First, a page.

The Trump administration had previously signaled its intentions to send astronauts back to the Moon, but now that renewed space exploration objective is official. On Monday, the president signed Space Policy Directive 1, a document detailing a shift in U.S. policy that would reprioritize a mission to put American boots on the Moon for the first time in 45 years.
While Mars is widely considered to be the primary goal of much current space exploration, a Moon mission would “establish a foundation for an eventual mission to Mars,” President Trump asserted during the signing.
“The directive I am signing today will refocus America’s space program on human exploration and discovery. It marks a first step in returning American astronauts to the Moon for the first time since 1972, for long-term exploration and use.”
This isn’t the first we’ve heard of the Trump administration’s Moon ambitions. In July, Vice President Pence declared “we will put American boots on the face of Mars” during a speech to NASA. Pence chairs the National Space Council, a recently reconvened space policy advisory group that Trump reestablished with an executive order in June. A White House budget proposal from earlier this year announced that the Trump administration would “[focus] the Nation’s efforts on deep space exploration rather than Earth-centric research.”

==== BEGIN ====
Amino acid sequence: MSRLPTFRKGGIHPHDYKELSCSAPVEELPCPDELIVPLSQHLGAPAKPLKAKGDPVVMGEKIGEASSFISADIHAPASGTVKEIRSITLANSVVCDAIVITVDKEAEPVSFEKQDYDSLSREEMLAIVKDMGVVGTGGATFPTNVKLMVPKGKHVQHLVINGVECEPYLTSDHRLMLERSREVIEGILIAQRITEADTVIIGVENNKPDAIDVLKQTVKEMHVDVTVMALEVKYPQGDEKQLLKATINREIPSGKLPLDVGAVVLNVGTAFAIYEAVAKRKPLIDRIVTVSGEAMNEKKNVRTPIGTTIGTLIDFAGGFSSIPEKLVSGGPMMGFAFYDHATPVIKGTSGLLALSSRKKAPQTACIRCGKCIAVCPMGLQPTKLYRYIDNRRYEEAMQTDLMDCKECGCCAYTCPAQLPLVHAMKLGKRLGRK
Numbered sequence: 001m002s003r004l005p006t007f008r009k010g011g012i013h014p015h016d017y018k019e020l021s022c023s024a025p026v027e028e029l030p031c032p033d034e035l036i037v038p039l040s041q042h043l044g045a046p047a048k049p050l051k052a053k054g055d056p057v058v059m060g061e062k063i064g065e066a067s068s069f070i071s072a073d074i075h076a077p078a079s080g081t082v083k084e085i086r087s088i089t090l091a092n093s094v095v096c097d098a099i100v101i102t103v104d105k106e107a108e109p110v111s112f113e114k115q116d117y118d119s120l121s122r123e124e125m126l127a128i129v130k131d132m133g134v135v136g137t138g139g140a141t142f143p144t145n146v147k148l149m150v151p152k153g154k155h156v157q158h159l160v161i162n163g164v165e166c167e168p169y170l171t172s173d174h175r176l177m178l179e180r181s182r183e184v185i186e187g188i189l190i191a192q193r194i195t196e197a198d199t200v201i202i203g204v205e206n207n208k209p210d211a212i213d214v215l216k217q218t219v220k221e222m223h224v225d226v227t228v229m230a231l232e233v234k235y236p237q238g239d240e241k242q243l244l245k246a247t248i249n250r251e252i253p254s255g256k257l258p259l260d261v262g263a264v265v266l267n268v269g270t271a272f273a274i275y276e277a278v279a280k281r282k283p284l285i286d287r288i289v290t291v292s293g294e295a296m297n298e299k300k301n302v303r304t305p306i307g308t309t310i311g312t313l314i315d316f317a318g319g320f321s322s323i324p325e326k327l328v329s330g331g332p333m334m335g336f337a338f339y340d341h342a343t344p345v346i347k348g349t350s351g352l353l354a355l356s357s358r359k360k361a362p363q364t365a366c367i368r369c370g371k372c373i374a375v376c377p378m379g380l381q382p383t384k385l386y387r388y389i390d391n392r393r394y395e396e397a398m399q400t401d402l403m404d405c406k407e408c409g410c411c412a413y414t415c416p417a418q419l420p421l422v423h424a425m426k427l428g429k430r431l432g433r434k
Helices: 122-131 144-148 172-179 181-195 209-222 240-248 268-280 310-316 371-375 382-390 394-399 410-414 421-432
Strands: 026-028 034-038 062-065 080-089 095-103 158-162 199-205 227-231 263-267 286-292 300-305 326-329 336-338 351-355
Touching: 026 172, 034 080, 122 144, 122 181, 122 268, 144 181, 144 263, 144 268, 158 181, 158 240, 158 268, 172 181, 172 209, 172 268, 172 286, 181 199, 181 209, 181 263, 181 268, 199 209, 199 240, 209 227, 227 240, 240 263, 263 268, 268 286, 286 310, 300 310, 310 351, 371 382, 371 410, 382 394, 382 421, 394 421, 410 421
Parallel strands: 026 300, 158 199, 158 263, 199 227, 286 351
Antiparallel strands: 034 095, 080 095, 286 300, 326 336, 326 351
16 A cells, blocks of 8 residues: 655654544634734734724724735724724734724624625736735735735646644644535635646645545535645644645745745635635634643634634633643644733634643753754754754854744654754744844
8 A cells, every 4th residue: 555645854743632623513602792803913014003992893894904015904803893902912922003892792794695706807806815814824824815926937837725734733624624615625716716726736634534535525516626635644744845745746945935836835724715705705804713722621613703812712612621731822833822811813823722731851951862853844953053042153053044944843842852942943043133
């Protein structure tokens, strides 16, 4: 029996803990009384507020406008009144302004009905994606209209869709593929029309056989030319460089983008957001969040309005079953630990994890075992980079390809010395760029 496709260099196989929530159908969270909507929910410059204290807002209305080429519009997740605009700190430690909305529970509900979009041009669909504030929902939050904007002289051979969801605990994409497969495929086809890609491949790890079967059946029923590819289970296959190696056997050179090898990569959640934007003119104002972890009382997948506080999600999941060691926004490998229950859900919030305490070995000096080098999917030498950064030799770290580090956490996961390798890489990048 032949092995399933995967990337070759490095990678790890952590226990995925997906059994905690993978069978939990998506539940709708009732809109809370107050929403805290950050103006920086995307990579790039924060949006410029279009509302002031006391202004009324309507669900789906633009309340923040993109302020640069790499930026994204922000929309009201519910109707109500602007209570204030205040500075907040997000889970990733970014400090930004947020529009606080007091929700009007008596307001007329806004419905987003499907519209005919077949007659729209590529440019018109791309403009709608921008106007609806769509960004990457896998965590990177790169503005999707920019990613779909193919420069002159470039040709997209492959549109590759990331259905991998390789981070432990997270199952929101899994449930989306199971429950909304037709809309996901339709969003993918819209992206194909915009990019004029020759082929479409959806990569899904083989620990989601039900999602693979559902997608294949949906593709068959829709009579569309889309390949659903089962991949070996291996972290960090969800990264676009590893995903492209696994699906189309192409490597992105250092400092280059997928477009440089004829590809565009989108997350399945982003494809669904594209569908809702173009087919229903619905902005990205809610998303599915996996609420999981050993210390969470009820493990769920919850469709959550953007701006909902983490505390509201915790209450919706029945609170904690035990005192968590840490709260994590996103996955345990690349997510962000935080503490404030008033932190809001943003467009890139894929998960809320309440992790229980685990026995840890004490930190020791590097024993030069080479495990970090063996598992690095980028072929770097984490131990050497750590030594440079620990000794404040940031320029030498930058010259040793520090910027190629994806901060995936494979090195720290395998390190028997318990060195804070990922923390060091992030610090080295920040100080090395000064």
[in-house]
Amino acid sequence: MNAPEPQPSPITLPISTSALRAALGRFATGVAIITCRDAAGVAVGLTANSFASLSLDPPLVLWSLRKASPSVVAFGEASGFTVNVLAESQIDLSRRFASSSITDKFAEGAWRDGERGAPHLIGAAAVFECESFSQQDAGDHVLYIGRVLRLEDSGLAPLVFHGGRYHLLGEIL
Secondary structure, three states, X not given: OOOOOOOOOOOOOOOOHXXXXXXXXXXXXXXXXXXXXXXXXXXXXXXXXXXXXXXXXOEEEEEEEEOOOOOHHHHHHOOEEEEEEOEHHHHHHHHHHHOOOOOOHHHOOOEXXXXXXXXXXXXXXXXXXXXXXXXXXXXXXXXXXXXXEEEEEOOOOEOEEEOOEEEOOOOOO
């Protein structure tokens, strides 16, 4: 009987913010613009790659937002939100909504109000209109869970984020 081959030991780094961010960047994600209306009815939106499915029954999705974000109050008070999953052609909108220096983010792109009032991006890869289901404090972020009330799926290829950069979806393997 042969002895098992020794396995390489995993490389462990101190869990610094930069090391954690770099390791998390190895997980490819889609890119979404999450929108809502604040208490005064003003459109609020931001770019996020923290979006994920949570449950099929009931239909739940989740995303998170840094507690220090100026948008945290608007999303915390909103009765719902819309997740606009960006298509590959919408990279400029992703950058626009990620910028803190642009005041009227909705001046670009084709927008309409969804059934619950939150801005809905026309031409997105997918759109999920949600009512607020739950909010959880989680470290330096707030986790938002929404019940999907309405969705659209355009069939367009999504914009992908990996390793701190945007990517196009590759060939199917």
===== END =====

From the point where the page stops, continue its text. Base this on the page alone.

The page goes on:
The administration’s vision would lean heavily on public-private partnerships and the new directive reiterates U.S. reliance on “commercial and international partners” to achieve its ambitious space policy objectives, a theme we’ve seen increasingly with NASA in the years following the agency’s decision to retire its fleet of space shuttles. In late September, NASA announced that it would work cooperatively with Russia’s space agency Roscosmos on a space station that would orbit the Moon.
Trump’s Moon plan is ambitious, but it isn’t unique. In 2004, President Bush announced his intention “to gain a new foothold on the Moon and to prepare for new journeys to the worlds beyond our own” with a similar shift in space policy, but the plan, set to launch in 2020, was later derailed by budget realities.